I know the idea of eating rabbit is unappealing to many people, but farm raised rabbit is really very mild and not in any way gamey.  It was tender and delicious, and the pot pie was fabulous!  It could only have been improved with a cooler night and a fire in the fireplace.

Posted by Nicole on 10/20 at 08:32 PM

Seasonal fare

Friday, October 19, 2007

Many of us FTP have spent some time putting food up for the Winter - be it canning, drying, or freezing.  Even though corn isn’t in season in the February here in the Philadelphia region…well, it doesn’t mean I can’t eat locally grown corn!

I think we all understand the variety of fruits and vegetables that are season in the Spring and Summer.  But going into Fall and Winter, does anyone really truly know we might consider seasonal throughout the colder months?

Beth at the Sustainable Food Blog has laid out a handy (though partial) list:

    Apples Pumpkins & winter squash Potatoes Carrots Onions Garlic Cabbage Turnips Celeriac Milk Butter Cheese Eggs Meat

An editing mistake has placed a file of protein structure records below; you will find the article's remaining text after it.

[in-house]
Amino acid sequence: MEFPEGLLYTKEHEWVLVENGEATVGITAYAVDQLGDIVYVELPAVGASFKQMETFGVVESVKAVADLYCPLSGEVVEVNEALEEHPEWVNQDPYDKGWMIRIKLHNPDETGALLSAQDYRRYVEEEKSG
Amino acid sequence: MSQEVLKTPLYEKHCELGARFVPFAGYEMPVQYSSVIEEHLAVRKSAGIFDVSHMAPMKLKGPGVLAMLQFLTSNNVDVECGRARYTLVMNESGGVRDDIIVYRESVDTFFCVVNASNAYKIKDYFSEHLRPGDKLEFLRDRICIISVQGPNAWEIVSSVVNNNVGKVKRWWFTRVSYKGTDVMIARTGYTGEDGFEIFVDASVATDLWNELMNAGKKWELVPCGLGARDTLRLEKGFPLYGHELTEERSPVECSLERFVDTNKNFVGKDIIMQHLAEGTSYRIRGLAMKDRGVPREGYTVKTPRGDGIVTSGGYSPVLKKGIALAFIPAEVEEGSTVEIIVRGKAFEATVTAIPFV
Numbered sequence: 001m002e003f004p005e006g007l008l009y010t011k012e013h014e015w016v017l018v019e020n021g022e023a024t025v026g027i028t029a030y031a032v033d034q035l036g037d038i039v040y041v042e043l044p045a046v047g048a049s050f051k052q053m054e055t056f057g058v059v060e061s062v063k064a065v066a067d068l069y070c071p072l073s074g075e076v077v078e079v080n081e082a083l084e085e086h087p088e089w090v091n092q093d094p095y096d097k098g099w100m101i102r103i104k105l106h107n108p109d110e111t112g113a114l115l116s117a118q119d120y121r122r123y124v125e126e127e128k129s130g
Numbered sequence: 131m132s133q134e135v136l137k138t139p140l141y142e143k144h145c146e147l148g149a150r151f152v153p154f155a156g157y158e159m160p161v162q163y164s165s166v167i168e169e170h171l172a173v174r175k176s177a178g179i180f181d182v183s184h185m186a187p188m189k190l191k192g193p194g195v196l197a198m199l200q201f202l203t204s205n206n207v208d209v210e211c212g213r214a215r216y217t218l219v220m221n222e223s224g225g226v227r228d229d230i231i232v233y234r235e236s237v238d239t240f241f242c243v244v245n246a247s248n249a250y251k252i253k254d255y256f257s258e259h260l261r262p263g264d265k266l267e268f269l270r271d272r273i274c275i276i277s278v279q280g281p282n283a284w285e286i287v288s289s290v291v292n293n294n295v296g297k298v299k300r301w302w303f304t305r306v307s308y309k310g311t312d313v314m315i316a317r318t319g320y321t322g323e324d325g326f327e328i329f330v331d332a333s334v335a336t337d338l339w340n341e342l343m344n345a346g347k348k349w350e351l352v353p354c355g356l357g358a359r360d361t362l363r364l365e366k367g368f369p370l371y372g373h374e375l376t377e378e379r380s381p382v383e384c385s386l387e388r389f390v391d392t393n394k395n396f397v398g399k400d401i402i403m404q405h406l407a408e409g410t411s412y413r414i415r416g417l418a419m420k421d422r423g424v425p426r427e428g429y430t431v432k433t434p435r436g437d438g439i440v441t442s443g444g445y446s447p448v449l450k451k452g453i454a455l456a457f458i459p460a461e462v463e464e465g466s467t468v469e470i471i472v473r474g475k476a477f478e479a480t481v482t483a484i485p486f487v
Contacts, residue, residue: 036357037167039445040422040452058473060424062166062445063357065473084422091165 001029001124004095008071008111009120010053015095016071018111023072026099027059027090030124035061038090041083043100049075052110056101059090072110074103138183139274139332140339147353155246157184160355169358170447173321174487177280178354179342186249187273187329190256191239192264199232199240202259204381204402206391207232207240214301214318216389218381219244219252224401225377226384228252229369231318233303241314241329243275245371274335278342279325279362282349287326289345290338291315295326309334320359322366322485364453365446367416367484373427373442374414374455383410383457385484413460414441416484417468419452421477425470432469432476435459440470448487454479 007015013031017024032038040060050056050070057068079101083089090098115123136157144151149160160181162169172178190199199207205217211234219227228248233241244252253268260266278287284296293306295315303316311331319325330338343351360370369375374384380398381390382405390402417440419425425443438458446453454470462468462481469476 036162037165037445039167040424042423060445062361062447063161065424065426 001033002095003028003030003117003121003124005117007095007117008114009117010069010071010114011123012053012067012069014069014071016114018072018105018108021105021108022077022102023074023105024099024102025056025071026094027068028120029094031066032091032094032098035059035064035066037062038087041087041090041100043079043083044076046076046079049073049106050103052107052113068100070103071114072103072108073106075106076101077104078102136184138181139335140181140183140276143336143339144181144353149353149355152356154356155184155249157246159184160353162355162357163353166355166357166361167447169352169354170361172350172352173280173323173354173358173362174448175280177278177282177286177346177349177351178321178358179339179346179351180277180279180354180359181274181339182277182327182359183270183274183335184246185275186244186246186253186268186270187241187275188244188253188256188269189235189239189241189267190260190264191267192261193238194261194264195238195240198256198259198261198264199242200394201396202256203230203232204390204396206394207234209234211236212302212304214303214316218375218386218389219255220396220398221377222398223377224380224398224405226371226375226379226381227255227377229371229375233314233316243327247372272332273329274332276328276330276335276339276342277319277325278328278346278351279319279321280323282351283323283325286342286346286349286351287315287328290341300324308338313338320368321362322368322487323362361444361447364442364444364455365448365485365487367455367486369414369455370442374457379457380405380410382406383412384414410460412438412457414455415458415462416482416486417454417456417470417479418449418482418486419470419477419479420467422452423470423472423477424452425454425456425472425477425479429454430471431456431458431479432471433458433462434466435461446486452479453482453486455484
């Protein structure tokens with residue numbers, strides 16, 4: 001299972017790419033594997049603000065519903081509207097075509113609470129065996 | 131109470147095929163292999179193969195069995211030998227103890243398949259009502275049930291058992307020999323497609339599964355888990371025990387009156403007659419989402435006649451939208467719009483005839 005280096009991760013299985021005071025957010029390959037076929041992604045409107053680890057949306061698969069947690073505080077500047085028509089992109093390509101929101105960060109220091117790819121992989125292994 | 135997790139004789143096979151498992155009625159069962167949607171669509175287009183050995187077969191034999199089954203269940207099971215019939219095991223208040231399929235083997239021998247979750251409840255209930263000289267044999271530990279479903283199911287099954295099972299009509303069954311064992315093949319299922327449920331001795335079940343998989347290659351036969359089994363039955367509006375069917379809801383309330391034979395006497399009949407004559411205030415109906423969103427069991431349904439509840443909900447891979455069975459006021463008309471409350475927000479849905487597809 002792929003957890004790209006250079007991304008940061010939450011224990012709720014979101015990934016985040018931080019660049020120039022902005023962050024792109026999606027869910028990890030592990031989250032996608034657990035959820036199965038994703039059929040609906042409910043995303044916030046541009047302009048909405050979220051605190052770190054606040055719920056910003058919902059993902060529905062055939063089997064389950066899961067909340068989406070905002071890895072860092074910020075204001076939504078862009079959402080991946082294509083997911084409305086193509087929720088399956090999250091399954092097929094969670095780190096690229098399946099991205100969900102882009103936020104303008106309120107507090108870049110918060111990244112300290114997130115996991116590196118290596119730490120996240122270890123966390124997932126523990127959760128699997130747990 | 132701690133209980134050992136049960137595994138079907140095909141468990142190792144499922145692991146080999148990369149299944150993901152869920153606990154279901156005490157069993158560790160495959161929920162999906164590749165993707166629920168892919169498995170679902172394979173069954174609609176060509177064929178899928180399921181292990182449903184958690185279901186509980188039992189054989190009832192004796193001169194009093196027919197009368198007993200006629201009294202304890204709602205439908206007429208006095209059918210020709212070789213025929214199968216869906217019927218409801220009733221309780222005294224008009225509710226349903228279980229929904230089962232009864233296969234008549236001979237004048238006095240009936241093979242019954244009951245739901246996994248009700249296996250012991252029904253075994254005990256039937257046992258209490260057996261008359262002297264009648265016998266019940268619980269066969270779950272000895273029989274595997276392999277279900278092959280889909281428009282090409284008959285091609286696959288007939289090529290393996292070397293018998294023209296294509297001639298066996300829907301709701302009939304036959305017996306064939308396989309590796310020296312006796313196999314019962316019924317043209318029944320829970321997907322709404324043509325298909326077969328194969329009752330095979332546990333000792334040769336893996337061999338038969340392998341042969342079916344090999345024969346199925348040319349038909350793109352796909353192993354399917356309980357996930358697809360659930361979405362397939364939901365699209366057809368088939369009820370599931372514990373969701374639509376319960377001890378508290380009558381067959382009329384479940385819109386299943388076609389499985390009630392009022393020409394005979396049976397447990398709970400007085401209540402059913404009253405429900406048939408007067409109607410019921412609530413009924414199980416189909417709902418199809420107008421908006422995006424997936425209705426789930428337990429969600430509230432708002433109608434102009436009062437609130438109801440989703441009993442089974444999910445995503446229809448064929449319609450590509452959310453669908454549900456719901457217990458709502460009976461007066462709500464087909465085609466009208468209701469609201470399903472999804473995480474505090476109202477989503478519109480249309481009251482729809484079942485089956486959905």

And let’s not forget my favorite: brussels sprouts!

Posted by Nicole on 10/19 at 01:47 PM

A peck of pickled… cucumbers!

Thursday, October 18, 2007

To supplement my garden and CSA tomatoes for canning, I bought a box of tomatoes from the Shoemaker’s road side stand.

A side note here, that the link will take you to the Shoemaker’s machine shop. The family has run their welding and machining business and lived on Leidy Road since the 1950’s. It’s been as long as I can remember that they’ve sold their garden crops out front. Out here in the ‘burbs, among all the McMansions and age-restricted townhome developments, there are occasional glimpses of realness that reflect the area’s agricultural, small town roots. The several front yard road side stands in town are probably my favorite of those reflections smile